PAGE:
Focus on Brent As Sentiment Deteriorates


Our analysis on the factors that will put downward pressures on oil prices - especially Brent - ha s played out w ell over the past four weeks. W e have seen the market consensus move closer to our forecast for a Brent average of US$106/bbl in 2013 . We maintain this forecast, note risks are to the downside and expect that the second half of the year will see lower average oil prices (excluding WTI) than the first half.

The first half of 2013 closes with Brent having averag ed US$108/bbl, WTI at US$94.2/bbl, and OPEC at US$105.2/bbl.

Analyst Consensus Converges To Our Forecast
Spot - 25/06/2013 2013f 2014f 2015f 2016f
*BMI is part of the BBG Consensus surveys. f=forecast. Source: Bloomberg, BMI
WTI - BBG Consensus* 95.8 95 99.5 102.5 95
Brent - BBG Consensus 101.8 108 108 110 101.5
Brent / WTI Spread - BBG Consensus 6.0 13.0 8.5 7.5 6.5
WTI - BMI Forecast 94.5 96.0 97.0 96.0
Brent - BMI Forecast 106.0 103.0 102.0 101.0
Brent / WTI Spread - BMI 11.5 7.0 5.0 5.0

Since April 2013 Brent has been trading within a range of US$100-105/bbl, and our forecasts anticipate that it will remain range-bound (and most likely towards the lower end of that range) for the second half of the year. Chinese growth worries and an appreciation of the US dollar have been the main factors behind the fall in oil prices. With the Iranian election behind us and the result judged to be one that will not provoke any imminent flare-ups, we do not see major geopolitical risks threatening Brent supply.

Looking at the fundamentals, the market remains well supplied, notwithstanding unease in the relations between Sudan and South Sudan and disruptions to Libyan supply.

Range-bound
Front-Month Brent Crude, US$/bbl (Daily)

On the contrary, we believe that the risks to the price of Brent are to the downside. A combination of more hawkish rhetoric by the US Federal Reserve (Fed) and weaker Chinese growth numbers has undermined emerging market asset and commodity price performance in recent weeks. These headwinds will continue, as BMI's China Country Risk analysts expect a sharp contraction in Chinese H2 2013 growth. We have long held that the bounce in Chinese economic activity in Q412-Q113 would be temporary and be followed by a slowdown that exposes systemic imbalances in the economy (see 'Growth Relapse Arrives On Cue', 10 June 2013).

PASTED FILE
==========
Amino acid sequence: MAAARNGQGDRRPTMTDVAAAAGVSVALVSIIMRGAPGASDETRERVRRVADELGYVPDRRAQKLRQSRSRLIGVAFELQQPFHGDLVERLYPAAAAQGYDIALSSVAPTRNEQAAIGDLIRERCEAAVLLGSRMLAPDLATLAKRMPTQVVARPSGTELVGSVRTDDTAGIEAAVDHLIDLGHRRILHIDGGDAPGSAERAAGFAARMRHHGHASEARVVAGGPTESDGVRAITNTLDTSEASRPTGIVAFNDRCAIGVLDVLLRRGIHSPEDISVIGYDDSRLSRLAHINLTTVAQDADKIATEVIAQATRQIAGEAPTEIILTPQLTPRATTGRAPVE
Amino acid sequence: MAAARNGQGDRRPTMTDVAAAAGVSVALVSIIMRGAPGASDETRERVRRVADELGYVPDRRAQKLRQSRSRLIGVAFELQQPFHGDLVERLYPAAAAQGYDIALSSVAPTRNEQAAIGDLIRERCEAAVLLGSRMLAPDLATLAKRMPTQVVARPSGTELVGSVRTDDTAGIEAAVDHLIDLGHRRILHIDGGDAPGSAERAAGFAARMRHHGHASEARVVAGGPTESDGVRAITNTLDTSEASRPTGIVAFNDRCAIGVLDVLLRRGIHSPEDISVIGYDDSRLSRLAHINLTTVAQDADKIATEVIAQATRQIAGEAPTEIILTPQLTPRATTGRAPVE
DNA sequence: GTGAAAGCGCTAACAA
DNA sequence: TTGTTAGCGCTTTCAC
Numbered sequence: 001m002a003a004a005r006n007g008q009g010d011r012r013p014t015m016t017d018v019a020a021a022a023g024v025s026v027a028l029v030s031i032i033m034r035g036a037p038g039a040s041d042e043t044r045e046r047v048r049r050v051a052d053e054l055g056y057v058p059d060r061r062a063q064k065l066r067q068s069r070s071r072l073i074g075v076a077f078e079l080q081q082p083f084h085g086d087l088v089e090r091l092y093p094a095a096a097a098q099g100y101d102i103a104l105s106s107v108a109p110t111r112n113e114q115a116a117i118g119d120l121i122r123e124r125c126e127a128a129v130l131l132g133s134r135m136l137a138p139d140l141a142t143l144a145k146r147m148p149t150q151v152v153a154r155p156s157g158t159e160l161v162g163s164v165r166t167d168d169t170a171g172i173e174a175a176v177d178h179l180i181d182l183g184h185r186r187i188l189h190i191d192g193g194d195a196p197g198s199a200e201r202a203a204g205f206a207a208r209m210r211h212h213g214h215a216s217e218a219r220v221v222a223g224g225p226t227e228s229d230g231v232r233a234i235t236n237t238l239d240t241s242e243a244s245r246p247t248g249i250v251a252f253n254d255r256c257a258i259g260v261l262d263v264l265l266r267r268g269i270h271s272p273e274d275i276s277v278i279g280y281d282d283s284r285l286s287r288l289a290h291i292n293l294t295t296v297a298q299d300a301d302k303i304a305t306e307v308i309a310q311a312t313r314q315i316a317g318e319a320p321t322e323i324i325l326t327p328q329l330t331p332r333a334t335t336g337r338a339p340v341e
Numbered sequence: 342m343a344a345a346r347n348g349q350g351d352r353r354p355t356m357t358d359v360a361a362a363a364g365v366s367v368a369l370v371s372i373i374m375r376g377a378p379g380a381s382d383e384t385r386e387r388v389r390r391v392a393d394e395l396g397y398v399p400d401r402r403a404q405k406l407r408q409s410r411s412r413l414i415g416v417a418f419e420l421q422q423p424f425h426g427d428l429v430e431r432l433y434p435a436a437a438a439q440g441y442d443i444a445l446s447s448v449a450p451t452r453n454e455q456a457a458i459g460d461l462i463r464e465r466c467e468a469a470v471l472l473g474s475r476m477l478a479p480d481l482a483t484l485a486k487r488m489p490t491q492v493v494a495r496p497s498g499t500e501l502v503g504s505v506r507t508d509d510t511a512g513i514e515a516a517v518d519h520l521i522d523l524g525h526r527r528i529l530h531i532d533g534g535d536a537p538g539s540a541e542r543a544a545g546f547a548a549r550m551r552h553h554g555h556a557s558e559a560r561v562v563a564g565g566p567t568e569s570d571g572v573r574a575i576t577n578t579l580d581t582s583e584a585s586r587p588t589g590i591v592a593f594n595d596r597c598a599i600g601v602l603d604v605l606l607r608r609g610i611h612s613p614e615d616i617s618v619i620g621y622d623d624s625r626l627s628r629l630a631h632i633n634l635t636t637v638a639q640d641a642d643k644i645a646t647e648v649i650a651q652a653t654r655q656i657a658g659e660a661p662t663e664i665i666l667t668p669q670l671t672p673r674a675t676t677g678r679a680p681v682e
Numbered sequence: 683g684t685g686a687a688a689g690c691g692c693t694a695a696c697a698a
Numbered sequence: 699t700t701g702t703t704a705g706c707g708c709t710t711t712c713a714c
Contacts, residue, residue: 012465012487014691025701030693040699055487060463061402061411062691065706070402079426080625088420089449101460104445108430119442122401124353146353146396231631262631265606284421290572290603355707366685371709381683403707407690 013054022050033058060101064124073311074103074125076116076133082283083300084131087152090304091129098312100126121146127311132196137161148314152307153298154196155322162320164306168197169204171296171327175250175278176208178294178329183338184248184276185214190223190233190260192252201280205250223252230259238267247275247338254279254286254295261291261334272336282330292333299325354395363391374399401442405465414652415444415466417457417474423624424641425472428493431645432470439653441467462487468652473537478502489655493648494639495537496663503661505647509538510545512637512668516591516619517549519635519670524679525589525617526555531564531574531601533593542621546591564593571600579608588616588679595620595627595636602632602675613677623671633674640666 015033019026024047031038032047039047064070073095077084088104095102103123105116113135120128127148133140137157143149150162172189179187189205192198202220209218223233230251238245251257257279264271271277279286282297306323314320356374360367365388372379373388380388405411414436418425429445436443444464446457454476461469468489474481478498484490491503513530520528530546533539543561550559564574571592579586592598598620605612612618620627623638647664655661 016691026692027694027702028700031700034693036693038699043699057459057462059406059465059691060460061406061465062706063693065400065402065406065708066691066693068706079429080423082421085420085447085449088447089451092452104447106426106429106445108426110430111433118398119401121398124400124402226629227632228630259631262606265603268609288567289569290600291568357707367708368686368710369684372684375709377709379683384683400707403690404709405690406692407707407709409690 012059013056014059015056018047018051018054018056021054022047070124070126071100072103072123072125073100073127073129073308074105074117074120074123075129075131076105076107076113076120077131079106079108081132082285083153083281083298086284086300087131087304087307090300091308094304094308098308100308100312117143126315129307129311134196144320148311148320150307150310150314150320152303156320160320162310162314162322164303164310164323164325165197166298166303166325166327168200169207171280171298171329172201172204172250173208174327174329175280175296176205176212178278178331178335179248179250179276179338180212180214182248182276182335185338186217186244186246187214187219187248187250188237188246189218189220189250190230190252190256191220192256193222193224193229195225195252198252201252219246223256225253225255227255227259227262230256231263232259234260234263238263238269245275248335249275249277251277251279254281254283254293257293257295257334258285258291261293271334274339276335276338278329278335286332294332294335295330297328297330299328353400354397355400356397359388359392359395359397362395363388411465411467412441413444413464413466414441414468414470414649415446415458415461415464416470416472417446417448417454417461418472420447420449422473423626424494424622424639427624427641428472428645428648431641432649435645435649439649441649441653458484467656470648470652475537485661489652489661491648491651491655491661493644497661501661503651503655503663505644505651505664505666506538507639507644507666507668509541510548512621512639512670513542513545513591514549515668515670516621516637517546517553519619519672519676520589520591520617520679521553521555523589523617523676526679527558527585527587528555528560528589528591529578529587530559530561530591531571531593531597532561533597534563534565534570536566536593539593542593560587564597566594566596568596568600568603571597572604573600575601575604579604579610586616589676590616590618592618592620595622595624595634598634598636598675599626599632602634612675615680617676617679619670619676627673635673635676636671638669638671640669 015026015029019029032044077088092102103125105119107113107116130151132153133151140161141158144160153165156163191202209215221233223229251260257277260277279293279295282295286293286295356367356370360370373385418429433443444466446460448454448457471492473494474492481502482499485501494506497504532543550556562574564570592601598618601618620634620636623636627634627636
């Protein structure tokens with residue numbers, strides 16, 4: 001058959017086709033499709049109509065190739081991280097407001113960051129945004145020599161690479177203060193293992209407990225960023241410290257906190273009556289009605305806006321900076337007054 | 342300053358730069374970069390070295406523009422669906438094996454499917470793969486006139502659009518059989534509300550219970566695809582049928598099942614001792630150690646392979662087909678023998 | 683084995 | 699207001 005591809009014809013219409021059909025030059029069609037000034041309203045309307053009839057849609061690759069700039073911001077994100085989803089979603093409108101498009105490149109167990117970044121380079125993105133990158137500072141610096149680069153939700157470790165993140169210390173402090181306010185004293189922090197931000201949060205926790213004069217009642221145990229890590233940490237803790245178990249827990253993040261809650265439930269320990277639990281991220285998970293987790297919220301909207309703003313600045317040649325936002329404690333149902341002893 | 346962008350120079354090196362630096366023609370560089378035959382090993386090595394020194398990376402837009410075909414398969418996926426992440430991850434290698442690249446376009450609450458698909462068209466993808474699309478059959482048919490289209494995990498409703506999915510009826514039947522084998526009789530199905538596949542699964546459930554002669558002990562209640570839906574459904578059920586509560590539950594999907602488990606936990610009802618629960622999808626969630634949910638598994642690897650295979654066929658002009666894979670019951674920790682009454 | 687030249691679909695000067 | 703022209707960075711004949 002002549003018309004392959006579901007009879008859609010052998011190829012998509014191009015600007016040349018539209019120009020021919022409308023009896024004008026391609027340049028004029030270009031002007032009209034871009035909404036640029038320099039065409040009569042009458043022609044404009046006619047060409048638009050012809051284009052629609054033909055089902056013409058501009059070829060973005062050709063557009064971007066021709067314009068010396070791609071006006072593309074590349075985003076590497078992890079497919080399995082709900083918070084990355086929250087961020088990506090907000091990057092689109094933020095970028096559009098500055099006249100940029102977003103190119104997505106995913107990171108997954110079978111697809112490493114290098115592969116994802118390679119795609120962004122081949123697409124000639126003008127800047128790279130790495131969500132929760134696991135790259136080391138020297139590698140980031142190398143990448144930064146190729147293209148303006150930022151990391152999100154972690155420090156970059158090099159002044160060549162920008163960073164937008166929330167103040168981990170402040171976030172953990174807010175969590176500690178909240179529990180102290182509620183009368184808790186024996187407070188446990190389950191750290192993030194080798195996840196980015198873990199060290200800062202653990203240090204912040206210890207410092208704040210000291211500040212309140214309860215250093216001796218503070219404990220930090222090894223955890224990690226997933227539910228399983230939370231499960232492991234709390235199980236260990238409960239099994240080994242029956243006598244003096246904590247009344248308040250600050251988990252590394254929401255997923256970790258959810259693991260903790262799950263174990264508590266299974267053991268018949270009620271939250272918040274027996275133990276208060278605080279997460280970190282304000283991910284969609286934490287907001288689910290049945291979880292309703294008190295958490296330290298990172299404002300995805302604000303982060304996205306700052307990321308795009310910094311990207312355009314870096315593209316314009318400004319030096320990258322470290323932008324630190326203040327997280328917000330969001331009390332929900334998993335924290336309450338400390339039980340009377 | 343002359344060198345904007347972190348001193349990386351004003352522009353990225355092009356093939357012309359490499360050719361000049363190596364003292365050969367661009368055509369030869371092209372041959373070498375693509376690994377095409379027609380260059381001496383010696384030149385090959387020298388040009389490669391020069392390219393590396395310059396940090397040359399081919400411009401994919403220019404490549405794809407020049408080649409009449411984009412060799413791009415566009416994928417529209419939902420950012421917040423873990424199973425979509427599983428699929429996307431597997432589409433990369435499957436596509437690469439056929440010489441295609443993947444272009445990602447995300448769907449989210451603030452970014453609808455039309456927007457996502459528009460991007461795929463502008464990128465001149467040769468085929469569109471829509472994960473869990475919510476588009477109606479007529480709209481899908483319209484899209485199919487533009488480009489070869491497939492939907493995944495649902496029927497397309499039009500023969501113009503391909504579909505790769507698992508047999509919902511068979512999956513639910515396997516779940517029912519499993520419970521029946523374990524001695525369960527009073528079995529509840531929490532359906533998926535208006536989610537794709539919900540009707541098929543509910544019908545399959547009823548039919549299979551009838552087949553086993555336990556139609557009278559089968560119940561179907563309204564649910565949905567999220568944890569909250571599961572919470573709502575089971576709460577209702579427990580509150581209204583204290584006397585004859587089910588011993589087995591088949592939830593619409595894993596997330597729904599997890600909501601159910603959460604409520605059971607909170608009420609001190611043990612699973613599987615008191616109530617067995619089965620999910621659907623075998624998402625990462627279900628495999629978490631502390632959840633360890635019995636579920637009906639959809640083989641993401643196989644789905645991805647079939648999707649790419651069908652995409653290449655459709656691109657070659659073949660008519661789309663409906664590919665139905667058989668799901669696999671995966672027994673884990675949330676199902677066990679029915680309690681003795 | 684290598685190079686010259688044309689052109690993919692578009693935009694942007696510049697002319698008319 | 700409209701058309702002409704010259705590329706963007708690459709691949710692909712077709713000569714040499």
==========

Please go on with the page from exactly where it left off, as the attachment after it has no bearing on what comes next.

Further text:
The wider commodities complex is also showing a very weak performance, with copper and gold particularly in focus (see 'Monthly Metals Strategy', 24 June). A steady move by the US Fed towards tapering monetary stimulus has created an environment of dollar strength that we expect will persist for several quarters. US dollar strength will be a net negative for commodities, including oil. BMI's Commodities analysts view the break through the US$6,800/tonne level for copper as a key bearish break. The volatility in the gold price as ETF holdings liquidate massive positions is also expected to continue as the easy monetary conditions are reigned back dragging the price lower.

Holding Support...For Now
Front-Month Brent Crude, US$/bbl (Daily)

The technical picture for Brent shows quite strong support at US$98-100/bbl. While prices dipped below US$100/bbl in April, they rebounded above this key psychological support level within days, suggesting that the sentiment in the market is not (yet) supportive of much lower prices. This can change rapidly though if the price breaks below US$98/bbl long-term support. Weaker than expected Chinese economic performance will galvanise negative sentiment and so any break below support would prompt a downward revision in our forecast.

This article is tagged to:
Sector: Oil & Gas
Geography: Global